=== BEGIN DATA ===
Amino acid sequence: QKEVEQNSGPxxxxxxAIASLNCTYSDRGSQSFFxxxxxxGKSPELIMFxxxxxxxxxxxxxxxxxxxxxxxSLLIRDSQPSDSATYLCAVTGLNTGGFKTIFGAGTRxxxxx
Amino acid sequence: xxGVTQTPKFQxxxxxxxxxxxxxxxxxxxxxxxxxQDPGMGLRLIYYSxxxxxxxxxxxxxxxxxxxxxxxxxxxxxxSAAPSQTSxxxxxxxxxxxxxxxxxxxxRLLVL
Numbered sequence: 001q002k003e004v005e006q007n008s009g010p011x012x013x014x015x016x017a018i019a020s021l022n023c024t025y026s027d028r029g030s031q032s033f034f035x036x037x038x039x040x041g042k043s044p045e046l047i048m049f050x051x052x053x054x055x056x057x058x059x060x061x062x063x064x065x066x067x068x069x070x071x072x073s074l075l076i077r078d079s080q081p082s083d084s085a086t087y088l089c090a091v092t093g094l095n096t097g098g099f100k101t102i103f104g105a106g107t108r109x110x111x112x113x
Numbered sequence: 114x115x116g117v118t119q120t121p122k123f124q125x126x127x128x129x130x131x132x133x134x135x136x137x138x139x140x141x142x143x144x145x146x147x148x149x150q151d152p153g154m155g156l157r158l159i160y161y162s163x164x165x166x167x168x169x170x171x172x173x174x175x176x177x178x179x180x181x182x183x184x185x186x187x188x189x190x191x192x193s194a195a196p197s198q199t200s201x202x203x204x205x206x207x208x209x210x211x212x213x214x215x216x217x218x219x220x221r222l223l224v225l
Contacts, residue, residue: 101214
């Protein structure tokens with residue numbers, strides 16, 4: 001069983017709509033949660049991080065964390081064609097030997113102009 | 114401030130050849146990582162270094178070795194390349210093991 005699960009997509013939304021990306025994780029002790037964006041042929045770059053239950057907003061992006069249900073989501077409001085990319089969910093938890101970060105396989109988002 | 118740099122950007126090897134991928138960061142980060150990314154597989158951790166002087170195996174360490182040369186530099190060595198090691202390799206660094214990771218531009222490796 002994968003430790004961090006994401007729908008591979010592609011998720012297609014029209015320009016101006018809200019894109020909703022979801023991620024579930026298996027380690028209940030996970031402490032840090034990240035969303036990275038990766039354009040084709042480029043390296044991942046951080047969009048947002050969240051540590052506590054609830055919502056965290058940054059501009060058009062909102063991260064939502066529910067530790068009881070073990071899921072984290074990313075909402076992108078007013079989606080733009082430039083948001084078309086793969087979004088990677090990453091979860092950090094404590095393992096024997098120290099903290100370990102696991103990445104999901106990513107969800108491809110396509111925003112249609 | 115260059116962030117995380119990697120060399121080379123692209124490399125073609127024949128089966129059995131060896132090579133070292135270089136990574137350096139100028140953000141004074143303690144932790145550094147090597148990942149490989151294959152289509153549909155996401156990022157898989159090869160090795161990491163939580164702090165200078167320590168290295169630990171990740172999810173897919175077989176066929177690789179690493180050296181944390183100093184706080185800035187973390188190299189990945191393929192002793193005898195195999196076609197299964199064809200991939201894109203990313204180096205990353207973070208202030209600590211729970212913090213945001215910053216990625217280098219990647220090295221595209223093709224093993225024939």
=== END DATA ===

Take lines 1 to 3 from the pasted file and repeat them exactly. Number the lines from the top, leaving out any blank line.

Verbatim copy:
Amino acid sequence: QKEVEQNSGPxxxxxxAIASLNCTYSDRGSQSFFxxxxxxGKSPELIMFxxxxxxxxxxxxxxxxxxxxxxxSLLIRDSQPSDSATYLCAVTGLNTGGFKTIFGAGTRxxxxx
Amino acid sequence: xxGVTQTPKFQxxxxxxxxxxxxxxxxxxxxxxxxxQDPGMGLRLIYYSxxxxxxxxxxxxxxxxxxxxxxxxxxxxxxSAAPSQTSxxxxxxxxxxxxxxxxxxxxRLLVL
Numbered sequence: 001q002k003e004v005e006q007n008s009g010p011x012x013x014x015x016x017a018i019a020s021l022n023c024t025y026s027d028r029g030s031q032s033f034f035x036x037x038x039x040x041g042k043s044p045e046l047i048m049f050x051x052x053x054x055x056x057x058x059x060x061x062x063x064x065x066x067x068x069x070x071x072x073s074l075l076i077r078d079s080q081p082s083d084s085a086t087y088l089c090a091v092t093g094l095n096t097g098g099f100k101t102i103f104g105a106g107t108r109x110x111x112x113x